If you’re feeling a little fuzzy and forgetful, and not as sharp as in the summer months, you may want to blame it on the colder weather. According to a 2018 study from Columbia University, for many people, especially older adults, the cold weather can create a significant enough effect on the brain that they go from scoring in the normal range on a cognitive test to qualifying for a dementia diagnosis. Study authors found that when cognitive tests were given during the winter, participants functioned as if they were more than four years older as compared to performance during the summer.
The main theory behind this is that a lack of sunlight may affect the hypothalamus, which in turn affects the formation of neurotransmitters in the brain. And, it wasn’t just the cognitive tests that changed during the winter months. Higher levels of Alzheimer’s proteins and genes in cerebrospinal fluid were also found.
Brain fog itself is not a medical condition. It’s simply a term used for certain symptoms that can affect your ability to think, possibly leaving you feeling confused or disorganized, or even making it difficult to focus or put thoughts into words. But, slower cognition in the winter doesn’t have to be the norm. Here are some strategies you can employ to help beat brain fog and stay sharp whatever the season.
- Schedule brain-training sessions. We all schedule our exercise sessions, right? So why not schedule your brain training? Dr. Gregory Jicha, an associate director at the University of Kentucky’s Alzheimer’s Disease Center followed three groups of older adults. The first two groups were tasked with reading or doing origami and the third group was told to follow their normal schedule. After four weeks, the first two groups showed significant cognitive improvement. And it doesn’t have to be origami. What matters is structured time and focused attention of at least an hour each day.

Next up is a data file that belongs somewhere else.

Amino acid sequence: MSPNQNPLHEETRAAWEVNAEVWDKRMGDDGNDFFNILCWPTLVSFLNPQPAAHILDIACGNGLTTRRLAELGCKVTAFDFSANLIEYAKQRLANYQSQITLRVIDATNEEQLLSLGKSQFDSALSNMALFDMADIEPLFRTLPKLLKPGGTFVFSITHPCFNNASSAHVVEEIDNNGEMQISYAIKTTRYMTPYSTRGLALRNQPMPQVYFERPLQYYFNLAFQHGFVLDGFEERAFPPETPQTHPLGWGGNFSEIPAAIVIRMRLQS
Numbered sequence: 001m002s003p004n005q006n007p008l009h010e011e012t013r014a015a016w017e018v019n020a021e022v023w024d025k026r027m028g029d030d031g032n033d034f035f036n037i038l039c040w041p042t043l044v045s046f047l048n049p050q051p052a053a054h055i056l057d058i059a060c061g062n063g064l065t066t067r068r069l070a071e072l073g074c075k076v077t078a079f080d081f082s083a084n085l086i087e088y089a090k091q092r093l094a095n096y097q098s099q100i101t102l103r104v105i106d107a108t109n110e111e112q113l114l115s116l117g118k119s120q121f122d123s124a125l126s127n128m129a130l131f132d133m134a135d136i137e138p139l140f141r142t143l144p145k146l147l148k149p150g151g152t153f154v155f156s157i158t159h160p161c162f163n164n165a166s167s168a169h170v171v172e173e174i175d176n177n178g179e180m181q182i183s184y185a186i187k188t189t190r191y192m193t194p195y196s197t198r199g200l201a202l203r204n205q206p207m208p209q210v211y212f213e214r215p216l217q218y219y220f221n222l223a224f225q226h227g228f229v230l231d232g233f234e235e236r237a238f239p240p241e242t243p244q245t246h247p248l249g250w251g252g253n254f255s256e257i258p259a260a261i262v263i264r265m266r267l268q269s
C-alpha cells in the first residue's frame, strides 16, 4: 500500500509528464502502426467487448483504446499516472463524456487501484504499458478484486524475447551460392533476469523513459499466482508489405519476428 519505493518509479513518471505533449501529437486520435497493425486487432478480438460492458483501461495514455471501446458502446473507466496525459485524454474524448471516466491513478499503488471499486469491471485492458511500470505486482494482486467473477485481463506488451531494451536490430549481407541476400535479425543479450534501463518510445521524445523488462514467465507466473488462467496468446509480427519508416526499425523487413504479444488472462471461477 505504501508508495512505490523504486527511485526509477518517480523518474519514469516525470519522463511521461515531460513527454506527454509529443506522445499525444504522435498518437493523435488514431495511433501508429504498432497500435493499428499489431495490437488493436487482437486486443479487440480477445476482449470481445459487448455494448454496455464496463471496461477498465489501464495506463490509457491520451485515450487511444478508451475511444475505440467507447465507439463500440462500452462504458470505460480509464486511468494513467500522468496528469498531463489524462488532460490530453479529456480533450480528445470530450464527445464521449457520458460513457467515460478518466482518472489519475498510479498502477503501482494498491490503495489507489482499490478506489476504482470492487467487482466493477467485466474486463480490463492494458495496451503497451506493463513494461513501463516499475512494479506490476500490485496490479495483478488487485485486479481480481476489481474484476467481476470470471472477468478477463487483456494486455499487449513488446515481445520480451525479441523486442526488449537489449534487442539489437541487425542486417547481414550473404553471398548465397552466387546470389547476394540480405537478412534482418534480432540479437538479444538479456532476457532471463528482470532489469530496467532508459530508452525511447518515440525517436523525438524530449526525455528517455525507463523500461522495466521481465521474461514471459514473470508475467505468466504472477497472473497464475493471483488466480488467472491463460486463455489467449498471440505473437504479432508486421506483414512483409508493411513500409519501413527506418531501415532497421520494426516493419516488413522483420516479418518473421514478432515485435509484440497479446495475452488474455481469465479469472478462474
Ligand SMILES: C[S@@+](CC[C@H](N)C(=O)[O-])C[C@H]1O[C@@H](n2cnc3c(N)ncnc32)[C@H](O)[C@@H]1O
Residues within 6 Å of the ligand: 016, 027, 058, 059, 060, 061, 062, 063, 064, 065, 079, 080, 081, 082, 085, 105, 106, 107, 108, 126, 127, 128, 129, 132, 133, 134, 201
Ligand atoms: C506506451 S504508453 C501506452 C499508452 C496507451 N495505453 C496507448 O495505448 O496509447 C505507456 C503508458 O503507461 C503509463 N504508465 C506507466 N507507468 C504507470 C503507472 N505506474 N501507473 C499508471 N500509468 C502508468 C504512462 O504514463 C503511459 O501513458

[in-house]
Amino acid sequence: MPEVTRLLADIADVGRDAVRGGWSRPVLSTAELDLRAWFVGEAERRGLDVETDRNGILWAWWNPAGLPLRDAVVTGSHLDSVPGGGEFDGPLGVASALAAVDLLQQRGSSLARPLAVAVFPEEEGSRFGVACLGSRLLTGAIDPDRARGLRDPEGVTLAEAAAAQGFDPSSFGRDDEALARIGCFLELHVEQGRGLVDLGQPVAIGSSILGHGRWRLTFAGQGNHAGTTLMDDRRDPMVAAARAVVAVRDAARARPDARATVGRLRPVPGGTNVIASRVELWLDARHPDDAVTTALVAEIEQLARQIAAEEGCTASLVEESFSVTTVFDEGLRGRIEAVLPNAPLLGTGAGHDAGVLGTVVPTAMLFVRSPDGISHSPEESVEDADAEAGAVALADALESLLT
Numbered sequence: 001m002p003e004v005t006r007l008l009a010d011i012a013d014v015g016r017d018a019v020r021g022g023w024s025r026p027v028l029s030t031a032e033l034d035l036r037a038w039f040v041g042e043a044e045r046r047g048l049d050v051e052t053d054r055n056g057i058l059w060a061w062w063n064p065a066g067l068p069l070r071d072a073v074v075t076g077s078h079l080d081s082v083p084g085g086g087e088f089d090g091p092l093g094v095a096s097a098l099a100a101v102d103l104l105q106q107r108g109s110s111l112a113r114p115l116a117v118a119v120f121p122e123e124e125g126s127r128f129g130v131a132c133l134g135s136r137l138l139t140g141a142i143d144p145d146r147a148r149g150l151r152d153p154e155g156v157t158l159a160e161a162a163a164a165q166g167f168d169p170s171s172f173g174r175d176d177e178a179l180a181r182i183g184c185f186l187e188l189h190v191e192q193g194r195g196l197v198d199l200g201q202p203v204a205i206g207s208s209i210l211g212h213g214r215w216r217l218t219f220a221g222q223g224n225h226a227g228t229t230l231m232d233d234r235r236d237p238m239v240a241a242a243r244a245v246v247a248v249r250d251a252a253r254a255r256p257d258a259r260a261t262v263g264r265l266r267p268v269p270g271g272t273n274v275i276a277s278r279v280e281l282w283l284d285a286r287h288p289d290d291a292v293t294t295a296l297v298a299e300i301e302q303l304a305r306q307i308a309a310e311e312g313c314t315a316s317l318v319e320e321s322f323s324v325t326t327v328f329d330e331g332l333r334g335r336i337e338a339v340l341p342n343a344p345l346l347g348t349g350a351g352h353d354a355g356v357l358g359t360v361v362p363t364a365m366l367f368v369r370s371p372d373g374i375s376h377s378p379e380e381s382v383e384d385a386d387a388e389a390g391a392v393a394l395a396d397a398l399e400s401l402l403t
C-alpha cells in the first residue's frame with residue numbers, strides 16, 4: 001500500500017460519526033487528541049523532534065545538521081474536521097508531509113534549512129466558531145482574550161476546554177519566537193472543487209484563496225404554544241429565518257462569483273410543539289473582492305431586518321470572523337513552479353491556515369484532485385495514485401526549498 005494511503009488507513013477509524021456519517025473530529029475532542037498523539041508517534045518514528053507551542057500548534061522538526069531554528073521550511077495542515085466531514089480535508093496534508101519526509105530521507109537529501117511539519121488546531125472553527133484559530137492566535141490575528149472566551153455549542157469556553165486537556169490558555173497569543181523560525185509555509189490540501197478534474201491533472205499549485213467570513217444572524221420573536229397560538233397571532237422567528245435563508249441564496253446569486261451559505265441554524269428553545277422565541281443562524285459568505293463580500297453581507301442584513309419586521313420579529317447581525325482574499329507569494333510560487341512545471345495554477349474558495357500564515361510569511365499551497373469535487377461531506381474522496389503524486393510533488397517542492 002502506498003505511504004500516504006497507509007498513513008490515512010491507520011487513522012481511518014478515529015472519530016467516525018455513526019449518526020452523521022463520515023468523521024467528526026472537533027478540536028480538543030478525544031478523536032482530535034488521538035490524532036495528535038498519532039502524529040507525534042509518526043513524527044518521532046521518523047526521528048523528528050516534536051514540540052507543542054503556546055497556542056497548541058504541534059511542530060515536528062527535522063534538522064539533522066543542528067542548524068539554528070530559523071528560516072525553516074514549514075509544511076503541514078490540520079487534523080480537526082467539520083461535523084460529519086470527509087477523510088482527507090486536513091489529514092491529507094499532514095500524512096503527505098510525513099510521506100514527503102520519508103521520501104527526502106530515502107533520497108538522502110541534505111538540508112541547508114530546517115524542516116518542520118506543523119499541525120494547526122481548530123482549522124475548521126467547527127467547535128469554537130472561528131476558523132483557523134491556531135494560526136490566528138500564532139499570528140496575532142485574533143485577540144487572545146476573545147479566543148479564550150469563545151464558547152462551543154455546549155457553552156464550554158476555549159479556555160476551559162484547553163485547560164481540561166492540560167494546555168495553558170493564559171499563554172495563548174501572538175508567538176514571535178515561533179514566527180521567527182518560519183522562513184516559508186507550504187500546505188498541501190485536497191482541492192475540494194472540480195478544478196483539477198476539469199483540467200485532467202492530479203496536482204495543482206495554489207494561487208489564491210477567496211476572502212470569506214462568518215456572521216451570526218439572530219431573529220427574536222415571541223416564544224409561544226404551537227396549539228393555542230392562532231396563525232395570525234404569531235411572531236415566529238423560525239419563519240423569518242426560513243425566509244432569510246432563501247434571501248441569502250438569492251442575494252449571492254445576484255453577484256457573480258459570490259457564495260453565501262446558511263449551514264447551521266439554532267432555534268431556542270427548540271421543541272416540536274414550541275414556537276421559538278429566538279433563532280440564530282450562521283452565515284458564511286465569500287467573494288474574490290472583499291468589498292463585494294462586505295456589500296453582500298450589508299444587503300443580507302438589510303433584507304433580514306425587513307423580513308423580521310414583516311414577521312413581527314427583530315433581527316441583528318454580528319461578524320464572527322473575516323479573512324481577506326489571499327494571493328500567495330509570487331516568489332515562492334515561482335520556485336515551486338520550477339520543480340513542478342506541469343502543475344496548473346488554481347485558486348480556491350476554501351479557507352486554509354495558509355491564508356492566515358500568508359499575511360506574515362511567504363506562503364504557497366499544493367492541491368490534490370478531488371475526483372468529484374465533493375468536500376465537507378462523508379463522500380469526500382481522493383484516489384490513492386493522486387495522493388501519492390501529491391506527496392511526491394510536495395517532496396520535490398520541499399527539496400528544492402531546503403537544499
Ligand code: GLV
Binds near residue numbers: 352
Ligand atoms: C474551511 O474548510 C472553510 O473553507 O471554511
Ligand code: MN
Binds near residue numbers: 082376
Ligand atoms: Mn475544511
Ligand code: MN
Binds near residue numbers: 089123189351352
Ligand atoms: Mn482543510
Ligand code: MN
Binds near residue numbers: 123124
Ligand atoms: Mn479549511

- Eat your daily greens. According to Steven Masley, MD, author of The Better Brain Solution, eating just one cup of green vegetables per day makes the brain functionally 11 years younger than the brain of someone who doesn’t eat greens.
- Add salmon to your diet. Salmon is a top source for Omega-3 fatty acids, making it a powerful food for staving off brain fog. Eating baked or broiled salmon once a week is correlated to larger brain volumes and protection from Alzheimer’s disease. If you don’t like salmon, try substituting some avocado, a couple tablespoons of guacamole, a tablespoon of olive oil (when cooking), or a small handful of nuts.
- Find a workout you enjoy and commit to it! Numerous studies have shown that regular physical activity, no matter what it is, may cut the risk of Alzheimer’s disease by up to 50 percent. According to Cyrus Raji, MD, PhD of Washington University in St. Louis, it’s never too late to start. Physical activity improves blood circulation all over the body, and that includes the brain. Exercise also produces endorphins, the “feel-good” chemicals in the brain. The endorphins increase motivation and enjoyment, improving your outlook on life.
Check out some of our classes specifically geared towards active agers and older adults: Active Spirit, Silver Core Fusion, Arthritis Plus, Silver Sneakers, and more.